INPS (Istituto Nazionale della Previdenza Sociale)
Load-bearing structure: beams and piers in reinforced concrete
Windows: continuous ribbon windows$specifications: the steel windows are hinged to steel panels incorporating the small pitch roofs of the window sills-drip courses
Façade: stringcourses in exposed concrete
The building in Corso di Porta Romana is an interesting example of how Magistretti's family-centred philosophy for the upper middle class in Milan could be turned into solutions that satisfied the modern living requirements of less affluent classes. In detail, the complex is made up of small housing units (from thirty to sixty square meters) with standardised plans and elevations grouped as functional units to form the architectural volume; the size of the complex was based exclusively on respect for local building regulations. In fact, the method used to design the buildings was the exact opposite of the traditional method: internal space was established first, and only afterwards did this influence the design of the buildings and façades with their long exposed concrete fascia supporting continuous ribbon windows. The latter ensure incredible flexibility vis-à-vis the floor plan of the apartments which were designed based on functional and morphological patterns unaffected by their specific dimensions. The apartments are positioned around vertical columns that are in fact the two staircases leading to each floor and the empty spaces of the service courtyards around which the blocks of the toilet/bathroom facilities are located.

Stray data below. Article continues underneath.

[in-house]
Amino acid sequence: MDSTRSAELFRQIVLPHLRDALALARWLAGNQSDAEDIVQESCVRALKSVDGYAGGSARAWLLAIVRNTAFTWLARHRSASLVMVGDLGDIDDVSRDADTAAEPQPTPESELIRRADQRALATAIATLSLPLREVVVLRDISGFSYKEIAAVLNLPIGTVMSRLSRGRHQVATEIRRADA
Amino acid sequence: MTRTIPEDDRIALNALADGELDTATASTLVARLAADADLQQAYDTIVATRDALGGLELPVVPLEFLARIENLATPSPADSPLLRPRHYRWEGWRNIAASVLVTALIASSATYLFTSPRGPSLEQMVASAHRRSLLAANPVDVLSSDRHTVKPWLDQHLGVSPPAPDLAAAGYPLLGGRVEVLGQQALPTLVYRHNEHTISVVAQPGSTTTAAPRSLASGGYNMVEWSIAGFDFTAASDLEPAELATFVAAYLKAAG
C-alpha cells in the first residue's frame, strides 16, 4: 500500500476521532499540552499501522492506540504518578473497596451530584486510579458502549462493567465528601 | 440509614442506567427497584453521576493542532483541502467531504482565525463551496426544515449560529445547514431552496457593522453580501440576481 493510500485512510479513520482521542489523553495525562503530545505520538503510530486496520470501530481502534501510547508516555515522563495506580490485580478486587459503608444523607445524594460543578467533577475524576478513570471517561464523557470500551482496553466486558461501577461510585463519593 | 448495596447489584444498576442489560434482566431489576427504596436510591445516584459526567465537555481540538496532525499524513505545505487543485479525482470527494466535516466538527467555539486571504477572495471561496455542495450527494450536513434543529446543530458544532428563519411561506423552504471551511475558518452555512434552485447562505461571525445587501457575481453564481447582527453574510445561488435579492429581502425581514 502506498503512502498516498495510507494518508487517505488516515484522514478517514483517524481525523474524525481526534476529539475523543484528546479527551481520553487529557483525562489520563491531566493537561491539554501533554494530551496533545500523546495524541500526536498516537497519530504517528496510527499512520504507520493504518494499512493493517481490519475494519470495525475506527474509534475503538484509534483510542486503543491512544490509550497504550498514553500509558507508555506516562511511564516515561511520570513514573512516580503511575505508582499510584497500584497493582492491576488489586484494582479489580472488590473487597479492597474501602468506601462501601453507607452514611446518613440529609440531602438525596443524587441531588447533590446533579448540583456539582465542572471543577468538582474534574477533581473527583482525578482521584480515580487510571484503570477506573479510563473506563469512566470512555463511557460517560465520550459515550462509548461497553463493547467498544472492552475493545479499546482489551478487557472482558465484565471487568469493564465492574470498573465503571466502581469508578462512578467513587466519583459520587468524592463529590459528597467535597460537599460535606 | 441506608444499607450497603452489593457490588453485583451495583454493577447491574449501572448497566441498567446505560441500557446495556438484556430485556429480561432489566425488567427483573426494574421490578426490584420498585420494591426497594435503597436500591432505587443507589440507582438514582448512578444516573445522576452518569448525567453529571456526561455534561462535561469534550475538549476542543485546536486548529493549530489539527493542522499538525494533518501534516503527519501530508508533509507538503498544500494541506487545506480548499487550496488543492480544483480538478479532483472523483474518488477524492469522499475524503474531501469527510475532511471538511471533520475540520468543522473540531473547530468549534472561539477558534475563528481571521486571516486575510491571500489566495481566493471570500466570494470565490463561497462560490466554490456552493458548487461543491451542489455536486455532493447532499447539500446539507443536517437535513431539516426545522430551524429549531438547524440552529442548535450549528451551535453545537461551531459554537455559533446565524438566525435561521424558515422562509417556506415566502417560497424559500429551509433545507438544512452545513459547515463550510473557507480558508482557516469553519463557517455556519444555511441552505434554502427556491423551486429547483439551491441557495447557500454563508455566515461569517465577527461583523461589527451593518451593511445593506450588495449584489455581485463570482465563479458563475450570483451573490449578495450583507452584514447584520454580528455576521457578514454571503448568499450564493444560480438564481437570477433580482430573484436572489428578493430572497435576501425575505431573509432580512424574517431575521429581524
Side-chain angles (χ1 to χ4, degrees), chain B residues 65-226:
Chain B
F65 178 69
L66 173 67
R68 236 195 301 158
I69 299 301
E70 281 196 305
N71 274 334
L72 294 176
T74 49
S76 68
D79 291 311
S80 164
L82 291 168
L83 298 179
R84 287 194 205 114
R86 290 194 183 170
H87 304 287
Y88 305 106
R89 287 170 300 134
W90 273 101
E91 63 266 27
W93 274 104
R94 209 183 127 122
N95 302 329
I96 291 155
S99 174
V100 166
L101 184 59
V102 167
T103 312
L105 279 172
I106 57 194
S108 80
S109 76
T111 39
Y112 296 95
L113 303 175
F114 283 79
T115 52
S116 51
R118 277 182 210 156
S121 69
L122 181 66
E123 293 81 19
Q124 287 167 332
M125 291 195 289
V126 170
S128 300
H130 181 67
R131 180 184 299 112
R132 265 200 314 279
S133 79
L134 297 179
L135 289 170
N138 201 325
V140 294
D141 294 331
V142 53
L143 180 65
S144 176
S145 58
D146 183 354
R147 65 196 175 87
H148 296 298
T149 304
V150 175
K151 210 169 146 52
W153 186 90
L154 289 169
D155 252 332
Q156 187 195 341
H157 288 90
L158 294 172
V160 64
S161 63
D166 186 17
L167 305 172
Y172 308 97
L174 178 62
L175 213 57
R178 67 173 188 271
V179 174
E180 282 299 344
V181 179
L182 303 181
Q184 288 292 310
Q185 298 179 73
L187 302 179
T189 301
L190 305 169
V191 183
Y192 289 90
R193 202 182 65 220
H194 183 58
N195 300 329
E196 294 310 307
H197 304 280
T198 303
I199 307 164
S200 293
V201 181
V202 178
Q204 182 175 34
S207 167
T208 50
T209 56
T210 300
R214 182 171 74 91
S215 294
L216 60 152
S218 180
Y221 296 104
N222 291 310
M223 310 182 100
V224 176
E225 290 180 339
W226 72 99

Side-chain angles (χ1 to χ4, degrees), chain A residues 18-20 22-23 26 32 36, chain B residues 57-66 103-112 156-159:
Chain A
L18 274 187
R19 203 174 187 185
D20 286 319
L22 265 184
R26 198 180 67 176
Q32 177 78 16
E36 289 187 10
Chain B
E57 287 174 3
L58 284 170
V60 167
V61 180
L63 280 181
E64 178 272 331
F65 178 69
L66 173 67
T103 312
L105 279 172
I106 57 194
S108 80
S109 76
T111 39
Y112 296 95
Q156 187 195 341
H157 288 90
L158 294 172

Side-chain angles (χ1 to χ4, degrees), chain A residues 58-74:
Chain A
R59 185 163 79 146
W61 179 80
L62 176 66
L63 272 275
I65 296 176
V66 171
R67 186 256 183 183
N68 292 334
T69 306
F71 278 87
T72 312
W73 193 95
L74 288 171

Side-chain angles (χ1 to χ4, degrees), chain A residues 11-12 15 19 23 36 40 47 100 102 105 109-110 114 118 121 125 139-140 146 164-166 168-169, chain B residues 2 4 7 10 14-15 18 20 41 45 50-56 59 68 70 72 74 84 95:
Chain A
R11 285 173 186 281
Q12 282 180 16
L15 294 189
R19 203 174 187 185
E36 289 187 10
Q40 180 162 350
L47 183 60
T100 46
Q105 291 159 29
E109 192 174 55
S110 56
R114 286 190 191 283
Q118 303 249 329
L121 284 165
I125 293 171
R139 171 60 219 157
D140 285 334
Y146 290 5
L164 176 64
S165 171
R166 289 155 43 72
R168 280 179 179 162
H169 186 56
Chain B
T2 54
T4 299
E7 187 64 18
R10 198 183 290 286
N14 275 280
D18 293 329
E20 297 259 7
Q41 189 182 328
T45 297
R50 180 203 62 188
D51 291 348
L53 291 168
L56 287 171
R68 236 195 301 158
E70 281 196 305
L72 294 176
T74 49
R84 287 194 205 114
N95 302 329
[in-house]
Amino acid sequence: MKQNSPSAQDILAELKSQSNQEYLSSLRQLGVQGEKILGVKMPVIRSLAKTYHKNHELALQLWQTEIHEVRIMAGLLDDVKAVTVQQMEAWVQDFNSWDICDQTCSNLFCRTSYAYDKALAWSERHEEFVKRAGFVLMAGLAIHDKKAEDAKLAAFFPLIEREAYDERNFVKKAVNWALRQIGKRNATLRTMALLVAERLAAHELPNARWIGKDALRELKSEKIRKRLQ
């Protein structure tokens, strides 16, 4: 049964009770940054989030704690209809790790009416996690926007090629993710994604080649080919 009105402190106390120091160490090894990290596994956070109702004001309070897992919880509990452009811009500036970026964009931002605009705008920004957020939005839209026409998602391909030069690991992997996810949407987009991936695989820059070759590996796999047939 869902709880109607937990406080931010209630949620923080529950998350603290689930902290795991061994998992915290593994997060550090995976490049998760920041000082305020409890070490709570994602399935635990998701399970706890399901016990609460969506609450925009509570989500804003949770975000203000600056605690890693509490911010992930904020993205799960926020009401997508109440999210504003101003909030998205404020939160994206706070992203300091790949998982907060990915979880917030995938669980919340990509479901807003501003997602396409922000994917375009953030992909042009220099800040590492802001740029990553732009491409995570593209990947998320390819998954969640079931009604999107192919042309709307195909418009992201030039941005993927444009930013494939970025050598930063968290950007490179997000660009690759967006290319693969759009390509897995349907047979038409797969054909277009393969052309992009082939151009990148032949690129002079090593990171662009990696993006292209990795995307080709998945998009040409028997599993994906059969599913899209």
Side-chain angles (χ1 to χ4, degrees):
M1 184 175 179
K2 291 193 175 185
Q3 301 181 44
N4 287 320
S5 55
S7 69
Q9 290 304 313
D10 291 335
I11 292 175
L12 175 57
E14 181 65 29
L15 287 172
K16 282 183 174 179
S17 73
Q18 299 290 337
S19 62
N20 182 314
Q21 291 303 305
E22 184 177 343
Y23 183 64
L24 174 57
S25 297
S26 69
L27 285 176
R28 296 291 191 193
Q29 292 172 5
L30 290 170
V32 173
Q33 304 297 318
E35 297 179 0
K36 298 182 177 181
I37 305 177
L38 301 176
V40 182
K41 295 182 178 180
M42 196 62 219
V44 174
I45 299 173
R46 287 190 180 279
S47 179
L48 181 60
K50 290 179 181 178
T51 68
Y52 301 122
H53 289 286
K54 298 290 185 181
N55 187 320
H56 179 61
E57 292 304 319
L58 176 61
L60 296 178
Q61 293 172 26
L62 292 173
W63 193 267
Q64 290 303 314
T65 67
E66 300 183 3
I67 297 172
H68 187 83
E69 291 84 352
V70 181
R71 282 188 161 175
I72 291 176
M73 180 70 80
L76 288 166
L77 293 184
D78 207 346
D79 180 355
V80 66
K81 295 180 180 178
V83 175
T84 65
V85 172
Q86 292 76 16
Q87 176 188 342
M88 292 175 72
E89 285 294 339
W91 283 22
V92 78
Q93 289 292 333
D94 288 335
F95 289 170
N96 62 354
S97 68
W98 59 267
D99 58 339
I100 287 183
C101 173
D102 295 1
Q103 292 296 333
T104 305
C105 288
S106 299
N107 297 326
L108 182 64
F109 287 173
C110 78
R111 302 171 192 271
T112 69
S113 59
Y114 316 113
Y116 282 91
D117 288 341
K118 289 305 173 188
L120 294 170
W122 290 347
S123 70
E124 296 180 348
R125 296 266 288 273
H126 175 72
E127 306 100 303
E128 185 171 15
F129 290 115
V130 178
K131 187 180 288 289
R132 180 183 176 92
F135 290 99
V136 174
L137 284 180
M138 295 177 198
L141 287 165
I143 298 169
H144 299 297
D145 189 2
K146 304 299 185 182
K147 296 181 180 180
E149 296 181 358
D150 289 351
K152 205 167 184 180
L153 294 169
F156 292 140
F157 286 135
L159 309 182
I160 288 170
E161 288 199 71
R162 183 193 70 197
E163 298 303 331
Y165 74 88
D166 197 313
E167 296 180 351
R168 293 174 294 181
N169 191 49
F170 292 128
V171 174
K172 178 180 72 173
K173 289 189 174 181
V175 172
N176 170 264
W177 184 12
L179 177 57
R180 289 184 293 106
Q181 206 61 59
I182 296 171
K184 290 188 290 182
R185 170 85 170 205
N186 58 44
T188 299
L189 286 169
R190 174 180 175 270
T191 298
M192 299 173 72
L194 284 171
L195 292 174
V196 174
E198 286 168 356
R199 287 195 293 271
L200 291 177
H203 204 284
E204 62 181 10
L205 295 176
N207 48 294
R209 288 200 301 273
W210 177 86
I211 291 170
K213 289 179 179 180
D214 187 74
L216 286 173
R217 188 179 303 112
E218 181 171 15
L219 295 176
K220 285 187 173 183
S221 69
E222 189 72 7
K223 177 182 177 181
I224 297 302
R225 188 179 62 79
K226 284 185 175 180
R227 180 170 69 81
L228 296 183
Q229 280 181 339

Bathrooms and walk-in closets (also used as dressing rooms) create an independent sub-unit, generally placed in a spatially continuous position vis-à-vis the bedrooms (one per apartment). The rooms and other spaces are designed as fluid environments, separated only by sliding doors that can be left open so that their functions can be merged depending either on the time of day or the habits of the occupants. The kitchen has several storage areas rather than traditional cupboards; the kitchen units - housed in niches facing the dining area and hidden by accordion doors - are produced in series and provided by the builder.
The structural and systems plan creates a H-shaped building with two internal courtyards; one of the two long wings aligned along the street enables several apartments to be grouped together to create bigger apartments.
G. Gramigna, S. Mazza, Milano: un secolo di architettura milanese dal Cordusio alla Bicocca, Milano 2001, p. 389.